However, the launch of the Mate 30 series on September 26 was dazzling. According to Yu Chengdong, shipments of Huawei's smartphones and laptops rose 26 percent and 249 percent year on year in the first eight months, respectively.
At an earnings conference for the first half of 2019 held on July 30, Liang Hua said that difficulties would not alter the direction taken by the company.
In the first half of this year, Huawei recorded a sales revenue of 401.3 billion yuan (US$56.7 billion), up 23.2 percent from one year earlier, with a net profit margin of 8.7 percent.
"Our business has been operating smoothly, with stable organization, effective management and sound financial indicators," Liang said.
Industry observers believe that with core technologies such as 5G and strong risk awareness, Huawei was able to cope with external shocks. In the case of the Mate 30 series, the handset installed with a self-developed Kirin 990 chip, it has retained the lead in some functions despite the interrupted availability of its operating systems and select parts.
At the Huawei Developer Conference held on August 9 to 10, Huawei officially launched the HarmonyOS, a microkernel-based and distributed operating system designed for various devices and scenarios.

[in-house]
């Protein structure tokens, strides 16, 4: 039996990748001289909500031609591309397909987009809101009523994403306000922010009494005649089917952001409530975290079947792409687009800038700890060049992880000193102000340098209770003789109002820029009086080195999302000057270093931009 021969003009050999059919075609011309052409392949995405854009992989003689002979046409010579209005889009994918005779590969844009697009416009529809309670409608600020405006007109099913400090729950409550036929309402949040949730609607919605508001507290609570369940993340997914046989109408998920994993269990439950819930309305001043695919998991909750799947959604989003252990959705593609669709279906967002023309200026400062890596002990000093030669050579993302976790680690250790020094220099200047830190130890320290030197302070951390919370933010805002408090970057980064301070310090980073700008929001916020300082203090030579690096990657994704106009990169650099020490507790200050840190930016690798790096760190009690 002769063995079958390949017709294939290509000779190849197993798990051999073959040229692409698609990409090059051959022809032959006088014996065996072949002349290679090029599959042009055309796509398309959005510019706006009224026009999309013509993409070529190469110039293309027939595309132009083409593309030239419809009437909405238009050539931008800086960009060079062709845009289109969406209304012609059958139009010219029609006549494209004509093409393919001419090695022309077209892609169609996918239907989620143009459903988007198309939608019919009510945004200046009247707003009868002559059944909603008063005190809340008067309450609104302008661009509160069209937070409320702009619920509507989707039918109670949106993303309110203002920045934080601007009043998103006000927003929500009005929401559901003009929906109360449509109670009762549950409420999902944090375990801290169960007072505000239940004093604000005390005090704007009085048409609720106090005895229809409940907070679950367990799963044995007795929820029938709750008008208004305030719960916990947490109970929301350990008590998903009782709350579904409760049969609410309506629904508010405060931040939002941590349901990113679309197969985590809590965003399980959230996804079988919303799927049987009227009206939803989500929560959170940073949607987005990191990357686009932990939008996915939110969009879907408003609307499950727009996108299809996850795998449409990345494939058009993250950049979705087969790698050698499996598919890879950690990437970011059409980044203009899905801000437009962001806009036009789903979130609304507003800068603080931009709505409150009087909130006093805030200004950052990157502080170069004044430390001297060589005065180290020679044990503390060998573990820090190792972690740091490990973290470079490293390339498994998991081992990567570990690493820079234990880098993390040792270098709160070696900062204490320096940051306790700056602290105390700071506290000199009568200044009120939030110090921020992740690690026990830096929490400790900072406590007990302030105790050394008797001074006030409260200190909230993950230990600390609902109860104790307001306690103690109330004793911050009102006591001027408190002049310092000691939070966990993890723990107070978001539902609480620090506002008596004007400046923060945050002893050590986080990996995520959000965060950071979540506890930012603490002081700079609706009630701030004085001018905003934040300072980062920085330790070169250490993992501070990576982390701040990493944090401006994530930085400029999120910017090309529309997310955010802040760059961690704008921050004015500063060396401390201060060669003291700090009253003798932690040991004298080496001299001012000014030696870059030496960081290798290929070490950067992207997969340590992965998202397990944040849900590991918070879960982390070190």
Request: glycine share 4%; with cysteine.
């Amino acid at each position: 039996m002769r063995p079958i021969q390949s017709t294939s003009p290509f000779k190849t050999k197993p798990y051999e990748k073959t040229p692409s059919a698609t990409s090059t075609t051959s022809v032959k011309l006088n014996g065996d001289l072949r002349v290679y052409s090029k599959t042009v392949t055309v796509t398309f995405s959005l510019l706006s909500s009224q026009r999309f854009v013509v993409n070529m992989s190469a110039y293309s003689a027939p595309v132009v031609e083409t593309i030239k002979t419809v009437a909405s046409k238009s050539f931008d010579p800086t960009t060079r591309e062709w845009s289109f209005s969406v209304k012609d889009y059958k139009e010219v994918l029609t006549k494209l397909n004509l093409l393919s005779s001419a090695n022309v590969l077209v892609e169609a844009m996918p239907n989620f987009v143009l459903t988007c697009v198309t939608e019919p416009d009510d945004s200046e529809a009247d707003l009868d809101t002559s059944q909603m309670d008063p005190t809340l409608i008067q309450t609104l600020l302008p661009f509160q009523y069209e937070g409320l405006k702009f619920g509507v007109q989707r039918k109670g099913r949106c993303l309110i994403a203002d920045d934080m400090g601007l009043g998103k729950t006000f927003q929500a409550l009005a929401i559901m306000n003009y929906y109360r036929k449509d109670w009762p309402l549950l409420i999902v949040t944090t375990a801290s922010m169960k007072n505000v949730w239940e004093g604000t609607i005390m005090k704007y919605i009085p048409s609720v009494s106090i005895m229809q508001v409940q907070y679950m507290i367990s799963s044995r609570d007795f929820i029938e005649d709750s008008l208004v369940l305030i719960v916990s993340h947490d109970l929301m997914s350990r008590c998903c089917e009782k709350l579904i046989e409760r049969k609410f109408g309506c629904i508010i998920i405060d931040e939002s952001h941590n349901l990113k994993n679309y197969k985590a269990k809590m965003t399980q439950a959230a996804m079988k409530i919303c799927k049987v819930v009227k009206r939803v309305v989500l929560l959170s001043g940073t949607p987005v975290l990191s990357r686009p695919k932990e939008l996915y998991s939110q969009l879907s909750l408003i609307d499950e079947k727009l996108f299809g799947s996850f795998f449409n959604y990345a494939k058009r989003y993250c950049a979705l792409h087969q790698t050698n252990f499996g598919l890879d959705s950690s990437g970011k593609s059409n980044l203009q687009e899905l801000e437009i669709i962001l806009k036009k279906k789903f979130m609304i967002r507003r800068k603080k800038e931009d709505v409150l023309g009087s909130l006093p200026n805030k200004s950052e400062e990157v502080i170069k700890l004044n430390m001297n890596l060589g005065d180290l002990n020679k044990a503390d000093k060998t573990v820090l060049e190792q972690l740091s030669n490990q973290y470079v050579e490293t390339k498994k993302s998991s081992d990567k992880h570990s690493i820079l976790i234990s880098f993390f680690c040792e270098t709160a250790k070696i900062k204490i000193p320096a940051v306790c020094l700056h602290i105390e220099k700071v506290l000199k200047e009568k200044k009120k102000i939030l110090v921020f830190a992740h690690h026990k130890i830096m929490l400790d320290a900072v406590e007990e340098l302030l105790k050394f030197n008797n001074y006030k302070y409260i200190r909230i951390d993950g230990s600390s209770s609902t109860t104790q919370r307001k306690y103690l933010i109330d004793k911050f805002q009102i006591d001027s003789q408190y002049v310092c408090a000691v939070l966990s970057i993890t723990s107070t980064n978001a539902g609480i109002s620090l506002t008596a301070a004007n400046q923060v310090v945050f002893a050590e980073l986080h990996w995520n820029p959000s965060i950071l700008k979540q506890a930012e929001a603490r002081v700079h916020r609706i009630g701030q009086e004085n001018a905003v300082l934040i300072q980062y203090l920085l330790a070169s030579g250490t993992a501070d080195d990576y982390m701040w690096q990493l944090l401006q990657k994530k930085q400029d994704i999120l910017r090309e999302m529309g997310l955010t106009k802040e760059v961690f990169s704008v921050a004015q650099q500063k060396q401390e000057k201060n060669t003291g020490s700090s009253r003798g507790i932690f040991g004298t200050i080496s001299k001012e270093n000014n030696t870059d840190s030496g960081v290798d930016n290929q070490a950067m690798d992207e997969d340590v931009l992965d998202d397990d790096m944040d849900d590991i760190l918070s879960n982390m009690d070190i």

The open-source operating system was seen as a potential alternative to Android should Google's operating system be banned from Huawei mobile phones.
Huawei has been investing heavily in technology research and development (R&D), which is expected to reach 120 billion yuan in 2019.
Liang Hua said the company remained confident and would continue to invest in the future. Meanwhile, Huawei plans to invest US$100 billion over five years to make its network architecture simpler, faster, safer and more credible.
Open for cooperation
At an open dialogue on September 26, Ren Zhengfei, founder and CEO of Huawei, renewed his call for collaborative innovation in global markets. The 5G standard, a brainchild of hundreds of countries and tens of thousands of scientists, will support the development of an AI society, he said.
Huawei's long-term vision is contributing to the rest of the world in the fields of science and technology.
In an earlier interview with Xinhua, Ren said that Huawei remains proactive in participating in global scientific research and innovation. Huawei has set up dozens of R&D centers around the world.
"The beneficiaries of Huawei's overseas R&D investment are scientific research institutions worldwide, including universities in the United States," he said.
Xu Wenwei, director of Huawei's strategic research institute, said that the "Innovation 2.0" Huawei was promoting would be open, innovative and inclusive.
Huawei would set up a special fund to support basic scientific research and talent training, and promote breakthroughs in basic theories.
Huawei is currently investing US$300 million a year in partnerships with universities and other research institutions, Xu said.
"We will work with more universities to set up innovative technology labs which focus on breakthroughs and innovations in basic research to provide win-win outcomes among academia and businesses," Xu said.